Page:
Thursday, November 17, 2005

And the funkiest year ever was...

Warning. This post has a terribly high geek quotient. If plotting the frequencies of data about hip hop offends you in any way, please do not read on. OK. I warned you. Now I will tell you what the funkiest year ever was. (If you want to guess first, it might be more fun. Post your guess at the Riddim Method)

I recently returned to the data I culled from the The Sample FAQ to answer a question I have long pondered: "What was the funkiest year ever?" Because the Sample FAQ lists the year of the original songs that have been sampled by hip hop producers, we can construct a simple frequency count of the number of samples that used material from a given year. All I did was add up the number of times that people sampled songs in each year and plotted the frequencies in Excel so that the categories are years and the values for each category are the number of times songs from that year were sampled. If none of this makes any sense to you, just think of this as "freq.-ing the funk".

The resulting distribution will not surprise people familiar with hip hop, sampling or the explosion of amazingly funky music in the early 1970's. As you can see, the most heavily sampled period (represented by the peak in the distribution) occurred between 1970 and 1975. But the actual peak occurs with 872 different songs that sampled material released in 1973. So that's it. According to this source at least, 1973 was THE FUNKIEST YEAR EVER! (If you accept a few conditions and caveats - see below).

As I looked at this distribution, I noticed a few things. While the historgram has the shape of a normal distribution, it is probably not when viewed properly (See comment below). While normal distributions are characteristic of random occurrences, hip hop producers' choices of samples are anything but. It is not as if people randomly selected old songs to sample. Just the opposite; they sampled a very small subset of the very funkiest old songs (particularly those with open drum breaks). As a result, this distribution is perhaps better thought of as a series of votes. In this election of sorts, the underlying dimension being voted on is something abstract like "songs that have funky breaks" or "funky ass songs".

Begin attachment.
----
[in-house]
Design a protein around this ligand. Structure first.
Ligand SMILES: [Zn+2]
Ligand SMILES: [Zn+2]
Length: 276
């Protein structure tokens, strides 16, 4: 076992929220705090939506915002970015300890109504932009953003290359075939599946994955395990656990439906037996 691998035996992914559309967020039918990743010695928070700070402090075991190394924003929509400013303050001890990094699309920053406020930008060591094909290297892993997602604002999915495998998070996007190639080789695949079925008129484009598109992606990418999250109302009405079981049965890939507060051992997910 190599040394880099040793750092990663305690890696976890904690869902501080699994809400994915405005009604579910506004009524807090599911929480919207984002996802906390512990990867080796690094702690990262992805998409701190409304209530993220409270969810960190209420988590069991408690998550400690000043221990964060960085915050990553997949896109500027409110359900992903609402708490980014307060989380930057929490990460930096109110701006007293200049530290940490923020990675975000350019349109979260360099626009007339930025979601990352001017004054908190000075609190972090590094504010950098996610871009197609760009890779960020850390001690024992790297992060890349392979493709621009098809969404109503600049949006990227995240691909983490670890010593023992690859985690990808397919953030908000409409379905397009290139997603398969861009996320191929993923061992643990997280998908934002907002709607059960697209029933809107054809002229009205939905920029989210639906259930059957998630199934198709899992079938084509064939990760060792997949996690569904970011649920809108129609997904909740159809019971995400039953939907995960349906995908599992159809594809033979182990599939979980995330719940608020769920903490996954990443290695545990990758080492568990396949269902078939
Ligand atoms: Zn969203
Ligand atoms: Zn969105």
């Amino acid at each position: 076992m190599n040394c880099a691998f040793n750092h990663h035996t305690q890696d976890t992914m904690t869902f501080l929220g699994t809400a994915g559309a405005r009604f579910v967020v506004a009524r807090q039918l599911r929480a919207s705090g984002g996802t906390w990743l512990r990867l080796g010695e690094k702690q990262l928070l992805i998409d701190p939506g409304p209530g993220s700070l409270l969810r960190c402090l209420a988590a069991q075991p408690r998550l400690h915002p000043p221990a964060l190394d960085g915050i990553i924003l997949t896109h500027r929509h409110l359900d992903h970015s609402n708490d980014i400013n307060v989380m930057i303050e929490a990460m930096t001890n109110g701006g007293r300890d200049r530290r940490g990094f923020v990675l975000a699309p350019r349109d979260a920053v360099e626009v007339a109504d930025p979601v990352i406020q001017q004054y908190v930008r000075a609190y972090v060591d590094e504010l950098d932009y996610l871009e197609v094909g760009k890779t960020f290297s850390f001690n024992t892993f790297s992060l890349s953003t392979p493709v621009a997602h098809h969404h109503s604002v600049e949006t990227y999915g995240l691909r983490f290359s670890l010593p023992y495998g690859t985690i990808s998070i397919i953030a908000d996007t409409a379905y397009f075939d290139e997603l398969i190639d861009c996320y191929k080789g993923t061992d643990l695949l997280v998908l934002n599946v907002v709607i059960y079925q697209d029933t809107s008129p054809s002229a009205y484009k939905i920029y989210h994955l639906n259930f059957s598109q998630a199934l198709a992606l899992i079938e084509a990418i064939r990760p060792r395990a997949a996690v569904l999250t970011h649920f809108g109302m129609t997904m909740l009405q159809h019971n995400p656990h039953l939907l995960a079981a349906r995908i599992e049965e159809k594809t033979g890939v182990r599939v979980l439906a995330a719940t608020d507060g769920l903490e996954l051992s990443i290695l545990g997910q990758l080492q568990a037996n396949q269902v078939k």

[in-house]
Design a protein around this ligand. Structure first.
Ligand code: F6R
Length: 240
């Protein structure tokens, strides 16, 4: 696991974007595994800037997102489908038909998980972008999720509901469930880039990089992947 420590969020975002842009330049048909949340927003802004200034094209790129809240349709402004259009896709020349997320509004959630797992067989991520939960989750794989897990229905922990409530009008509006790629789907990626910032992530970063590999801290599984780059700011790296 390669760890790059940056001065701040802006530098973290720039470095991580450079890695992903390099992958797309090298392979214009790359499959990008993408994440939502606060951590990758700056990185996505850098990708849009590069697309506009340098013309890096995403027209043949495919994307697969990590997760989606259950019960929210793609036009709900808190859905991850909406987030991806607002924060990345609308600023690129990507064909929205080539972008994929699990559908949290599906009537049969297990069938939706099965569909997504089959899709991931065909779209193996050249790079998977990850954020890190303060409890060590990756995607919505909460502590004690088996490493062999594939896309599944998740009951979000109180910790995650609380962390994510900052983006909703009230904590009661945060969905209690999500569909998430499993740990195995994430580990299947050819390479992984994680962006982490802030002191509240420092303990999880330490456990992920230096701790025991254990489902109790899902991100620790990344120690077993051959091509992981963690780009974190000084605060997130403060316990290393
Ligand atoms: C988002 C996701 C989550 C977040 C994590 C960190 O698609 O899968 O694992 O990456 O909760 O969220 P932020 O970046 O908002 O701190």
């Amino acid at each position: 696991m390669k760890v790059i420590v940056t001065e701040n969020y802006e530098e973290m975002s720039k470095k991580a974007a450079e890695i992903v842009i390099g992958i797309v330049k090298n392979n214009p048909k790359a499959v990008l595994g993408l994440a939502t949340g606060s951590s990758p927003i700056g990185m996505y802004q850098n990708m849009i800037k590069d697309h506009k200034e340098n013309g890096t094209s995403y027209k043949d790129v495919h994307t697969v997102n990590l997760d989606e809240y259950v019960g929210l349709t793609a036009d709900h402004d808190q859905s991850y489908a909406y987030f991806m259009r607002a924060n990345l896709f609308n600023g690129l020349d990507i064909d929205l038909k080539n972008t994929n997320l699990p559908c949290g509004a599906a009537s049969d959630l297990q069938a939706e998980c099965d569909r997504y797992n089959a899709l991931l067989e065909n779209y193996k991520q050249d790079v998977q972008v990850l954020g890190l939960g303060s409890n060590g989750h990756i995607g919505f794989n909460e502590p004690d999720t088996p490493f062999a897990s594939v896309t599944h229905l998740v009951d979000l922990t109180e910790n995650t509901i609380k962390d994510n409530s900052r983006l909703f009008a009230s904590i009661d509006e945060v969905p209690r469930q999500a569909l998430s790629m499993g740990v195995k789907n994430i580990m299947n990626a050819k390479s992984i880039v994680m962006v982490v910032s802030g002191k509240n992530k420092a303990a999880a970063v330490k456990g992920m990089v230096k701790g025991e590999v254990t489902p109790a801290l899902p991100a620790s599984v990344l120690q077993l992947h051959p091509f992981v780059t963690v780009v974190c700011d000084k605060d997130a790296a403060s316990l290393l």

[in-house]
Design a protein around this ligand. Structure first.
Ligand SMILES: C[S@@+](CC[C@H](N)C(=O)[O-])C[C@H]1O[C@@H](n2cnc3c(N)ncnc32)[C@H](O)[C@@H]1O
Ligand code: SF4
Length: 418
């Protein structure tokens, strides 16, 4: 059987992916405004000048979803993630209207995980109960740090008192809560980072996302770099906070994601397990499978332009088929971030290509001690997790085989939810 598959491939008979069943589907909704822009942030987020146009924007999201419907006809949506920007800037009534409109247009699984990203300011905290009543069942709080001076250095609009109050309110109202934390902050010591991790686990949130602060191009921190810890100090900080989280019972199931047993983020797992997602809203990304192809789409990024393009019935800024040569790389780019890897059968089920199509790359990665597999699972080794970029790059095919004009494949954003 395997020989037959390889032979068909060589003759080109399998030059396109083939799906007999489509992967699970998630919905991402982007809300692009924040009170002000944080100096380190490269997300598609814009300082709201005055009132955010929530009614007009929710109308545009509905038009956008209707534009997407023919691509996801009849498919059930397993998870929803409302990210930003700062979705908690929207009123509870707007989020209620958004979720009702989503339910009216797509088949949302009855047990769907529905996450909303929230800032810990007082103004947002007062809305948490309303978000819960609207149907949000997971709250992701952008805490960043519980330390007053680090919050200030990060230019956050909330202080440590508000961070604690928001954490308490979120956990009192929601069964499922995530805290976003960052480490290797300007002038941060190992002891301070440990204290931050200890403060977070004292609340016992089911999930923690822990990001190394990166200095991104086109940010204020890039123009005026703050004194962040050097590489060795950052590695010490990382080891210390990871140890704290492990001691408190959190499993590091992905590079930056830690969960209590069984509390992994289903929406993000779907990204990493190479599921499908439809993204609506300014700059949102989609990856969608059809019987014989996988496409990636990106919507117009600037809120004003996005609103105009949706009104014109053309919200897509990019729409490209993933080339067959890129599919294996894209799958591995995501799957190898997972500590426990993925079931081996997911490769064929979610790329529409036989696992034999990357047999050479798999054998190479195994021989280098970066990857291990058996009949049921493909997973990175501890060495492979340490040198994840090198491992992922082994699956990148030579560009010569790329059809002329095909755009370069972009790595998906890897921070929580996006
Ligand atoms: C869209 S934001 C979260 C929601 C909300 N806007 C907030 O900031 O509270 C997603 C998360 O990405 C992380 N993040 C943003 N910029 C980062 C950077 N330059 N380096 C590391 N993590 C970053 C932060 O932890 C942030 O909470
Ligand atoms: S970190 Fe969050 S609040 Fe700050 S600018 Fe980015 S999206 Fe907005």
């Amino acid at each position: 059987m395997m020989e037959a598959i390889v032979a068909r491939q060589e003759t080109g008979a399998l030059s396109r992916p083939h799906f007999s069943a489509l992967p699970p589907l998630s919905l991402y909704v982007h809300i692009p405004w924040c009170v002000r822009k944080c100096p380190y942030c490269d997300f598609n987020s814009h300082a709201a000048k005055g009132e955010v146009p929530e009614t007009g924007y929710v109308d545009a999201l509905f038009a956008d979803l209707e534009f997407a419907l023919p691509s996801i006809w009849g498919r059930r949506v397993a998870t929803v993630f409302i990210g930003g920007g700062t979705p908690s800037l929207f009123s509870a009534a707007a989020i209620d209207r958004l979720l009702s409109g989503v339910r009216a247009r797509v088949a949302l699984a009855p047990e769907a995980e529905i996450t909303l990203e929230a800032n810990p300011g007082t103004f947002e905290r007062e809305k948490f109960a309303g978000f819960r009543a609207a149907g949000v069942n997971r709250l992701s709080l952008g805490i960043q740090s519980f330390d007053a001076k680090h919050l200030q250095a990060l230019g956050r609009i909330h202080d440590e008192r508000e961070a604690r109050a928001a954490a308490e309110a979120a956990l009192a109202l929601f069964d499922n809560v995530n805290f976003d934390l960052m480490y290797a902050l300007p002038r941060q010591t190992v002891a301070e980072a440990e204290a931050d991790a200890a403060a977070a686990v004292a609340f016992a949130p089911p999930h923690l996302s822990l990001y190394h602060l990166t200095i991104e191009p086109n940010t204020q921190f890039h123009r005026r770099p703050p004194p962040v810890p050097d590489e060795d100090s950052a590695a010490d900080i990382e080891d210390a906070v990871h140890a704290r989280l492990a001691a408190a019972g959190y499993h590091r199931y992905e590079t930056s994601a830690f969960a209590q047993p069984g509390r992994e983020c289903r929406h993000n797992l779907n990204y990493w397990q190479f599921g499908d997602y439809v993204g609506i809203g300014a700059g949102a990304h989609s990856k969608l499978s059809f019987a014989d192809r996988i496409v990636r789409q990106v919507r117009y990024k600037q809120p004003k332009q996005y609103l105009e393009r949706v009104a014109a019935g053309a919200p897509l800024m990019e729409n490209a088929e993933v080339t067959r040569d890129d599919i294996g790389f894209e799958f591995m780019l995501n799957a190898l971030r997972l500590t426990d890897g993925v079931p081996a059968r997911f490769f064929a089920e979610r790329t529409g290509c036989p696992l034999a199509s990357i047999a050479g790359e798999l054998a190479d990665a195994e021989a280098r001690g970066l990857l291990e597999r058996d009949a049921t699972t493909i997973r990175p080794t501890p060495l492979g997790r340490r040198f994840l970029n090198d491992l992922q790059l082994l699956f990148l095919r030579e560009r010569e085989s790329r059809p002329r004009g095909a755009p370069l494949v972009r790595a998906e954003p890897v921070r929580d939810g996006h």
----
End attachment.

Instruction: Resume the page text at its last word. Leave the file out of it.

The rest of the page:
Thinking of the distribution this way makes sense to me. Its like each time someone wants to sample something, they go wading into the records looking for a break, stab, slice or some other crazy sound to use in their own music. Each time they sample something, that thing gets a vote. Over time, some things tend to get more votes than others.

Note that if we think of it this way, it seems likely that the distribution has a long tail. James Brown gets the lion's share of votes (along with a few other bands like Parliament), but most get only one or two. (Phew, glad to see that long tail back).

But that is not quite right either, because what determines what people are looking for to begin with? Other people. If it were just funky breaks that people were looking for, the curve above would be a line going straight up to the right. There are plenty of breaks in hip hop. If you are looking for the funkiest stuff, why not just sample the samples, and so on? That would give you an increasing pool of stuff to sample and thus the line going up and right. Well, there are rules against that you see. Cultural rules. This might be of interest to my ethno pals who are sometimes asked to defend methods that start by asking people what rules they use.

Methodological musings aside, as I looked more closely at the distribution, I noticed something really strange: The peak in 1986. "Why," I asked, "were there so many samples of songs released in 1986 when clearly the 'best' sample source material was released in the early 1970's?" And then it dawned on me, "The funky drummer" break.